Wellington, Hutt and Upper Hutt city councils yesterday agreed that no training will be allowed on any grass sportsfield - with immediate effect. The ban is part of a region-wide bid by councils to maintain grass cover as much as possible for the winter months.
Porirua, Kapiti Coast District and the Wairarapa councils are closely monitoring the situation and considering whether to also apply restrictions, while College Sport Wellington is strongly advising local secondary schools to also make their fields off-limits to pre-season activity.
Wellington City Council Parks, Sports and Recreation Manager Paul Andrews says Regional parks managers and sports organisations met yesterday to discuss options to protect and conserve sportsfields in the lead up to the winter season starting in a fortnight’s time.
He says any training now will have implications for the fields’ availability over the winter. Many fields are dry with not much grass cover following the dry start to autumn and the recent ban on irrigation. We are also conscious of player safety as fields are rock hard.
Restrictions now on pre-season training and, potentially, games ahead will assist with ensuring the fields in the region recover enough in order to survive the winter season ahead. Some dedicated training areas will still be available within the region for pre season use.
Council staff will keep a close watch on grassed sportsfields to make sure the pre-season restrictions are observed. Councils will continue to review the situation on a daily basis.
“While we hope for more rain - and look for alternative ways of getting water on to our fields, they have to be restricted to winter codes now or we run the risk of not completing competition games this season ,” says Mr Andrews.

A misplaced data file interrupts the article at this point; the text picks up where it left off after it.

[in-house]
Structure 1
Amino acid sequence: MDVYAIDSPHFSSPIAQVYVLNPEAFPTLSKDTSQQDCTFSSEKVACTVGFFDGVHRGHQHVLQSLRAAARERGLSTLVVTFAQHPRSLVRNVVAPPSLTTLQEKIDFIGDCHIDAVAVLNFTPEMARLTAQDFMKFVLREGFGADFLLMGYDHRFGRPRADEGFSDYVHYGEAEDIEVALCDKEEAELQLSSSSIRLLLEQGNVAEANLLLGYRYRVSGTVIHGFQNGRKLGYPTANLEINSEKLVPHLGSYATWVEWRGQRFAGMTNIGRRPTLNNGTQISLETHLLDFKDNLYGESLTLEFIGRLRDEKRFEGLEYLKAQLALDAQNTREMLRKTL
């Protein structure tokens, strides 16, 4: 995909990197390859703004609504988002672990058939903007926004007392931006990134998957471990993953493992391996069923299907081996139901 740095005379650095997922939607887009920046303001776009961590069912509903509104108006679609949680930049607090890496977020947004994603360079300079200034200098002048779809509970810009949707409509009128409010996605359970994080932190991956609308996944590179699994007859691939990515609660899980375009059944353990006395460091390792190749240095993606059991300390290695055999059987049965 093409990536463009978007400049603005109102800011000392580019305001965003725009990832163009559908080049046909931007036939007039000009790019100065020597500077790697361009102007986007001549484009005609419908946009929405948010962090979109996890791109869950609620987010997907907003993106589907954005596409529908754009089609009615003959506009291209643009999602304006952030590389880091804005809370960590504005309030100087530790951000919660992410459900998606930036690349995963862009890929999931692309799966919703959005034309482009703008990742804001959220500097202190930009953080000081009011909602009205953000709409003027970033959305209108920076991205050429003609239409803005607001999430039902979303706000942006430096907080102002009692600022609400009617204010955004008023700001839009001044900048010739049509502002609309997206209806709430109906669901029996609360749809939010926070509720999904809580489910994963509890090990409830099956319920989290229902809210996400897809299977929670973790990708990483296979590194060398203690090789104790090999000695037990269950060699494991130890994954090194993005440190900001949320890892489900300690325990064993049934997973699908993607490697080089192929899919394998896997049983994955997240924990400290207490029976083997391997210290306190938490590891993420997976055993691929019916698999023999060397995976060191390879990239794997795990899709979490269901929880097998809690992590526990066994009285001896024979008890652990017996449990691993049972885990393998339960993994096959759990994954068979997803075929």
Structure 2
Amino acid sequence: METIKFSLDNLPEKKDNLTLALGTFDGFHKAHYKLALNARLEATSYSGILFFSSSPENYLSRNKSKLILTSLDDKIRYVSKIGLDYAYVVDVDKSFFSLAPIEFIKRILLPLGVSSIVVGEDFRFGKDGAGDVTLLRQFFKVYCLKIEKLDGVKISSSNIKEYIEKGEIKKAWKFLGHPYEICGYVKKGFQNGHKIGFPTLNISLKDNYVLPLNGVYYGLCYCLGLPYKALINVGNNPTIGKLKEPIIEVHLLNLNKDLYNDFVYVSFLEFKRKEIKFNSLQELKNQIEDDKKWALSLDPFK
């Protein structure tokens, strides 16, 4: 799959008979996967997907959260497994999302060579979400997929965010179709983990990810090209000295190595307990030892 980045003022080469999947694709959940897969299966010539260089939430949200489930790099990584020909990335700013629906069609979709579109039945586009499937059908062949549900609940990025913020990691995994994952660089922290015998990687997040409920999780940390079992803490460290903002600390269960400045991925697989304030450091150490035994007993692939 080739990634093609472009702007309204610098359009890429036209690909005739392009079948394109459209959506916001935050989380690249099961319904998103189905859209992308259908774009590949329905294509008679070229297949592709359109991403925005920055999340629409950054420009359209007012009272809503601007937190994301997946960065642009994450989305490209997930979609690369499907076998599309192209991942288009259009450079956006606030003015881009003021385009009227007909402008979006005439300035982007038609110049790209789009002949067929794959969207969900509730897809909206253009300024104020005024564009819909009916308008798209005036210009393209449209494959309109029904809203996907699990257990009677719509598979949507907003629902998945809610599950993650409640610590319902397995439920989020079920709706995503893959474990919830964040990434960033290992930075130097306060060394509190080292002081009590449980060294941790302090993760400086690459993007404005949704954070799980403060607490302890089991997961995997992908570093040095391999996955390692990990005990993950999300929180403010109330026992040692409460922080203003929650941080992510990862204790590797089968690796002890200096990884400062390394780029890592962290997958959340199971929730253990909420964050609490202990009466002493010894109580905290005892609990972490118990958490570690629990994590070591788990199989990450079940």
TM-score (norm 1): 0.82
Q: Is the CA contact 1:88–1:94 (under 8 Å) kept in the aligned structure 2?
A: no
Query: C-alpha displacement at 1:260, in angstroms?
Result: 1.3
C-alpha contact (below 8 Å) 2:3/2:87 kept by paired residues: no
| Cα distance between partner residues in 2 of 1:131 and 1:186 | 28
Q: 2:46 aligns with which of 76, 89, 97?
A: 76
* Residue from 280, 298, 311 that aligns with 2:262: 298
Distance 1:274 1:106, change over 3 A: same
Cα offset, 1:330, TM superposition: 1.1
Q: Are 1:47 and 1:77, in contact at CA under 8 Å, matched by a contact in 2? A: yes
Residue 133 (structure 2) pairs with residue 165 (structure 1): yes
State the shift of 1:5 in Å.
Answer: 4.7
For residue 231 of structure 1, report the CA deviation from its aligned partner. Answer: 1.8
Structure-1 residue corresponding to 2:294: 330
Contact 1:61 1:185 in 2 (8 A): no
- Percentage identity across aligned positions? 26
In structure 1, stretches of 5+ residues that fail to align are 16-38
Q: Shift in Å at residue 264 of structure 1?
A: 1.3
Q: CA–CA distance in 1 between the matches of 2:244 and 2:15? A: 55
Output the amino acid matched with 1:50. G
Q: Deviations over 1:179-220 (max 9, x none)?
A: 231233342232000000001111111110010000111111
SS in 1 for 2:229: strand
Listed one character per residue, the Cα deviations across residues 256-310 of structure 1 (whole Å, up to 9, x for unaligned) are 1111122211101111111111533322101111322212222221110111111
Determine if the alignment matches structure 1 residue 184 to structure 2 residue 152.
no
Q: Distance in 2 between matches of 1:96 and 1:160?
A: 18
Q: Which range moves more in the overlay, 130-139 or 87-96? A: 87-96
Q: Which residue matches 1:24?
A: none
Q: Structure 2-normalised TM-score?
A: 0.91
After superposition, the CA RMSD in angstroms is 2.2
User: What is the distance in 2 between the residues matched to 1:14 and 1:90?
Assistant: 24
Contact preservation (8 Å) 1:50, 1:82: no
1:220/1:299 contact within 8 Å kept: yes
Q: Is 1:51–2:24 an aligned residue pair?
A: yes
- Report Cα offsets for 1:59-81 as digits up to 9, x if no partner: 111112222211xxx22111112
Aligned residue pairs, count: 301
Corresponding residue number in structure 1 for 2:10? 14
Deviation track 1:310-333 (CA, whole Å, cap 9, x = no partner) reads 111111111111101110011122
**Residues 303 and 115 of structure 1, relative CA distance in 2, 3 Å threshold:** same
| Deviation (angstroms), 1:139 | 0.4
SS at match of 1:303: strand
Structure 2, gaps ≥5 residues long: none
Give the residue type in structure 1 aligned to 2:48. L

“The agreement yesterday was that if we use them now, we’ll lose the fields later.”
Parks managers are also considering the possibility of restricted starts to the local club rugby and football seasons - which start on 1 April (Easter Monday) and 6 April respectively.
Mr Andrews says the ban on mains watering means the region’s top sand-based grass surfaces, used for club competition, may be out of action - meaning there will be fewer grounds available at the start of the season. This includes hockey - as a number of artificial fields in the region have to be watered prior to play.
He says a number of Easter Monday rugby games may have to be played on artificial turf. “And, given the rock-hard state of most of our grass pitches, that decision would probably be greeted with enthusiasm by most players.”
We will continue to work closely with Regional Sporting Organisations on options for pre-season training for codes and clubs.